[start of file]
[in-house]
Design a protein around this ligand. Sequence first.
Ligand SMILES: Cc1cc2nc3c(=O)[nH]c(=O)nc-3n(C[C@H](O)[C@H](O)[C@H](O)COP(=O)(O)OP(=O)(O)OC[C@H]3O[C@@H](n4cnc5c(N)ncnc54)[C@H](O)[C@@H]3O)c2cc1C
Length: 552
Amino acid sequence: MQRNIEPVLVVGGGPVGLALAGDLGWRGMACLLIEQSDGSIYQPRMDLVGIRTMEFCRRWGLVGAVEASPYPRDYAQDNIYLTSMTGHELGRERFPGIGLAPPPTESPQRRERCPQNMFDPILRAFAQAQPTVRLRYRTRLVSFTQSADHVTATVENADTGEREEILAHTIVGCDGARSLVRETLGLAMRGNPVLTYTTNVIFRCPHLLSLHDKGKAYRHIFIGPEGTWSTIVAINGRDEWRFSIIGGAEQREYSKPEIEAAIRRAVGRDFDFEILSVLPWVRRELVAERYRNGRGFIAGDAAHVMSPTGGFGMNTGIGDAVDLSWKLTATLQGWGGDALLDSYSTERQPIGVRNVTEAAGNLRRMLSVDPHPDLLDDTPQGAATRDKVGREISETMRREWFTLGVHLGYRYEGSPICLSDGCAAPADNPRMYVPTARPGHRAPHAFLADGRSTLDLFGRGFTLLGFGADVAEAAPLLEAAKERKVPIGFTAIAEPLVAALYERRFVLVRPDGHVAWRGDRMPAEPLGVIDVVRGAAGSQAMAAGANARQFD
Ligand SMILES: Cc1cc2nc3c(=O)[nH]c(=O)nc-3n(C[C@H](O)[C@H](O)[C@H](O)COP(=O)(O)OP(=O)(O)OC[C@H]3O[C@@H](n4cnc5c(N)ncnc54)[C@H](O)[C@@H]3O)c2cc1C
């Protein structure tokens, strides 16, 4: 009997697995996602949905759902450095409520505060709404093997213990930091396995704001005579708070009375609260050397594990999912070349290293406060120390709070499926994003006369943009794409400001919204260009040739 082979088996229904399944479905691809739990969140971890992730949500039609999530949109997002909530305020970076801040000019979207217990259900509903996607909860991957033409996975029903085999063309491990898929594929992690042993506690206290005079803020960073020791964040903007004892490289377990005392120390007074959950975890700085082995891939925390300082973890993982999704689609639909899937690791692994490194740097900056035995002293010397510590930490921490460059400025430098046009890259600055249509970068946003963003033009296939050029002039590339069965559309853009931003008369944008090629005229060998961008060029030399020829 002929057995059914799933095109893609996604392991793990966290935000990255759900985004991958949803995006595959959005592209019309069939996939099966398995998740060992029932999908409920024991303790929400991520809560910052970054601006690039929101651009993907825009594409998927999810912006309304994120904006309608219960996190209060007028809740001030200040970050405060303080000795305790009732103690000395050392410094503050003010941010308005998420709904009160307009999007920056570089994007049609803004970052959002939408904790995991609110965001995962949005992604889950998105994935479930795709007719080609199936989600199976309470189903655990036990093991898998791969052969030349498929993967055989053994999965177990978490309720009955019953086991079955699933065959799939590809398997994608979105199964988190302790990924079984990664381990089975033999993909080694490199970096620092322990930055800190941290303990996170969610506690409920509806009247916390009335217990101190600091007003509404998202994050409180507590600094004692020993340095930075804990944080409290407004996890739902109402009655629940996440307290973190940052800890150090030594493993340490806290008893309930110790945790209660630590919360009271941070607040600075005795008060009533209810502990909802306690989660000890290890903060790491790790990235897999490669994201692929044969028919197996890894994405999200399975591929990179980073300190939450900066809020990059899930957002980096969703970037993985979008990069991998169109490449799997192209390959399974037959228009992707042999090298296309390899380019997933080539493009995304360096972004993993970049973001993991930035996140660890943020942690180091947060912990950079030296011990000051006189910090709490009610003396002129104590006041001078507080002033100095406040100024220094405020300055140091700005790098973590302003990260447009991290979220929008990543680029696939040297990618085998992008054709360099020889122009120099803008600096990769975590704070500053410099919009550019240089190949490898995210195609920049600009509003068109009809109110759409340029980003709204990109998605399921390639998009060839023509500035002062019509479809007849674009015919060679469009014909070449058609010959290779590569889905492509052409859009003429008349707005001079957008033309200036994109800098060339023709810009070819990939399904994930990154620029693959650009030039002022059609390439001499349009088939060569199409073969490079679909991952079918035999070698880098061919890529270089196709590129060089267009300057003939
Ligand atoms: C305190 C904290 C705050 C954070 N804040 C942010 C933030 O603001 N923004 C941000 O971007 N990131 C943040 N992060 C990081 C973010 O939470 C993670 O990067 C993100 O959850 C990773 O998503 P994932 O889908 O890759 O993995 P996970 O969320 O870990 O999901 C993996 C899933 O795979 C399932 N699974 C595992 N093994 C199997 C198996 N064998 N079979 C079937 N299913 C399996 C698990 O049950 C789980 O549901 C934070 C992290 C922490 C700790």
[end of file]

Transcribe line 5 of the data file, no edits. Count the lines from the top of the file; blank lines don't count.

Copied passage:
Amino acid sequence: MQRNIEPVLVVGGGPVGLALAGDLGWRGMACLLIEQSDGSIYQPRMDLVGIRTMEFCRRWGLVGAVEASPYPRDYAQDNIYLTSMTGHELGRERFPGIGLAPPPTESPQRRERCPQNMFDPILRAFAQAQPTVRLRYRTRLVSFTQSADHVTATVENADTGEREEILAHTIVGCDGARSLVRETLGLAMRGNPVLTYTTNVIFRCPHLLSLHDKGKAYRHIFIGPEGTWSTIVAINGRDEWRFSIIGGAEQREYSKPEIEAAIRRAVGRDFDFEILSVLPWVRRELVAERYRNGRGFIAGDAAHVMSPTGGFGMNTGIGDAVDLSWKLTATLQGWGGDALLDSYSTERQPIGVRNVTEAAGNLRRMLSVDPHPDLLDDTPQGAATRDKVGREISETMRREWFTLGVHLGYRYEGSPICLSDGCAAPADNPRMYVPTARPGHRAPHAFLADGRSTLDLFGRGFTLLGFGADVAEAAPLLEAAKERKVPIGFTAIAEPLVAALYERRFVLVRPDGHVAWRGDRMPAEPLGVIDVVRGAAGSQAMAAGANARQFD